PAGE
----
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J Investig Allergol Clin Immunol. 1997 Jul-Aug;7(4):205-10.

The role of IgG in type-I allergy: an unsolved problem.

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Research Department, C.B.F. LETI, S.A., Tres Cantos, Madrid, Spain.


The role of antiallergen IgG antibodies in allergy remains unclear. In this review we present evidence for and against the hypothesis that IgG (IgG4) could act as a sensitizing antibody. After considering the available data, we conclude that the possible sensitizing ability of IgG4 may depend on the nature and origin of the antibodies and cells used in the various experiments and/or is related to the differential induction of two subtypes of IgG4 (anaphylactic vs. blocking). It still remains to be settled whether the observed increase in specific IgG during immunotherapy is causally related to the relief of symptoms, or whether it merely represents an epiphenomenon due to high antigen exposure. Furthermore, the presence of IgG anti-IgE antibodies in the serum of allergic patients and their possible pathophysiological relevance is discussed in the light of recent evidence suggesting that the raised levels of these antibodies may likewise represent an epiphenomenon of the immune response. There exists a tight relationship between antiallergen IgE and IgG antibodies. This correlation has led to the suggestion that IgG determinations might be useful for diagnostic purposes. There also exists a good correlation between these antiallergen isotypes in inhibition assays. It has therefore been proposed to employ inhibition of IgG binding for the standardization of allergenic extracts. More recent studies explore the relevance of the binding affinities or avidities of allergen-specific IgG antibodies. Antibody affinity may have important repercussions with respect to the biological effects. It has been pointed out that the affinity of specific IgG subclasses in allergic patients depends, among other things, on the nature of the sensitizing allergen. Further studies on IgG binding to the so-called "major" and "minor" allergens may help clarify the role of IgG in allergic disorders.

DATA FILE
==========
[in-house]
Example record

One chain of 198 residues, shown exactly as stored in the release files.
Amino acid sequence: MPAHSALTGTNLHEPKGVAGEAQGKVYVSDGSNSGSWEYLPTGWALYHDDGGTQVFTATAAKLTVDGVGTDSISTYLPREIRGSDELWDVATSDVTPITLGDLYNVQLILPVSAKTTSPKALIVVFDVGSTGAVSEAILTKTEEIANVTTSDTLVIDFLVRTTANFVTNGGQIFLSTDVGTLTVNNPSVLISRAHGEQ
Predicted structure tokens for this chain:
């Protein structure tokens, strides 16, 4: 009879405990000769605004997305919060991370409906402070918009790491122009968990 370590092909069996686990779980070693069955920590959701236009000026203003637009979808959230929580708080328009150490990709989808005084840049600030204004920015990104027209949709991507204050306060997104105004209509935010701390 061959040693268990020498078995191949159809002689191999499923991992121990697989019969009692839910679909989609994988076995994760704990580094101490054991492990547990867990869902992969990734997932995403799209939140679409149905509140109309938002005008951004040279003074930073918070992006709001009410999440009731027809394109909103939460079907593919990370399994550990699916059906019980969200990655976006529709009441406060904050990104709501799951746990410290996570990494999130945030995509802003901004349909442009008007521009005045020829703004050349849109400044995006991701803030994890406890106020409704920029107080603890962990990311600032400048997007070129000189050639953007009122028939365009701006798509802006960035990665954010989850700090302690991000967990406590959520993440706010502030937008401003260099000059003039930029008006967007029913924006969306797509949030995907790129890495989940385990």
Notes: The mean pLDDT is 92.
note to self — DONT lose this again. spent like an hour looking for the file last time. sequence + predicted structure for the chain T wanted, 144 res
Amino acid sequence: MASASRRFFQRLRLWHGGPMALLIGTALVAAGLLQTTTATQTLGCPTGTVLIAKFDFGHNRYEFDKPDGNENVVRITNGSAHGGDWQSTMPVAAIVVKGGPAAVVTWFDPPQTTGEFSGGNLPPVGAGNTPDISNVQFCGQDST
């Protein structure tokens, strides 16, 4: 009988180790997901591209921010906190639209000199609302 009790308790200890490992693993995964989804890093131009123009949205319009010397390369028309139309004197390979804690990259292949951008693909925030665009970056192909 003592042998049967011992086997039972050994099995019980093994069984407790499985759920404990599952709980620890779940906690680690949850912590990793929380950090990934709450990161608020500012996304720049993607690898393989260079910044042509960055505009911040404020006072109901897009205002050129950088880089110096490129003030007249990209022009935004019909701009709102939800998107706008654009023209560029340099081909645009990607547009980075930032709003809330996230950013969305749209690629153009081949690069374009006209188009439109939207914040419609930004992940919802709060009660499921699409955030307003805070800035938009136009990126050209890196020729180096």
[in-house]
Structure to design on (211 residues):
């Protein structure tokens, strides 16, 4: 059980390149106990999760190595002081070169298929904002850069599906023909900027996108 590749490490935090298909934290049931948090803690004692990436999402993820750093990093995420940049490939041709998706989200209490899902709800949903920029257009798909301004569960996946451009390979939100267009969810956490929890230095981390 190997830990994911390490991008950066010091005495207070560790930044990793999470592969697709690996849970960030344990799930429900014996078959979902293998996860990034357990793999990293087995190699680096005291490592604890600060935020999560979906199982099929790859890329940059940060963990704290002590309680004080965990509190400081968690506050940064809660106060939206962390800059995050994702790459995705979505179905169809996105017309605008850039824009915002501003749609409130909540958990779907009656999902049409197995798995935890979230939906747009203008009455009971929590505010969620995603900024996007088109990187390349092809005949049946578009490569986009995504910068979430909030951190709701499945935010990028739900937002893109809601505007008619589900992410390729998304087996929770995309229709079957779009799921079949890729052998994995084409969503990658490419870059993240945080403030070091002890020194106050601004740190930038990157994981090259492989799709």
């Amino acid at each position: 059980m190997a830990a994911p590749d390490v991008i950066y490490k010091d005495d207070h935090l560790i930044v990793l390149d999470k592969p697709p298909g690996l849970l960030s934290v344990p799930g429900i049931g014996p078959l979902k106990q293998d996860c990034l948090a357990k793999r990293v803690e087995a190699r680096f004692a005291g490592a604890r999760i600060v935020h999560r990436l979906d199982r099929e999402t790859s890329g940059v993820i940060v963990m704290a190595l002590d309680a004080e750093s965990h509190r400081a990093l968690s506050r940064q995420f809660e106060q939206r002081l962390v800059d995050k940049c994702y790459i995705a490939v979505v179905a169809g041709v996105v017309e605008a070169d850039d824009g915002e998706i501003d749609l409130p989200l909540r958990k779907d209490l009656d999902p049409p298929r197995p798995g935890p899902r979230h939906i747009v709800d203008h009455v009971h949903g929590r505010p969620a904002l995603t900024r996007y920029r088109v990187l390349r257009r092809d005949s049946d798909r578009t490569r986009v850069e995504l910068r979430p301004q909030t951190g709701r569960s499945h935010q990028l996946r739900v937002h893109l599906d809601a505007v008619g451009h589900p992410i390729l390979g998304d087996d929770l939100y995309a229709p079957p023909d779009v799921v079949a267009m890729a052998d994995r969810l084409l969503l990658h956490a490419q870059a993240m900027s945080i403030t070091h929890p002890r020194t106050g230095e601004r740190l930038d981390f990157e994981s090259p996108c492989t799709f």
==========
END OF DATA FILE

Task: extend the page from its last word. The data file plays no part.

[Indexed for MEDLINE]

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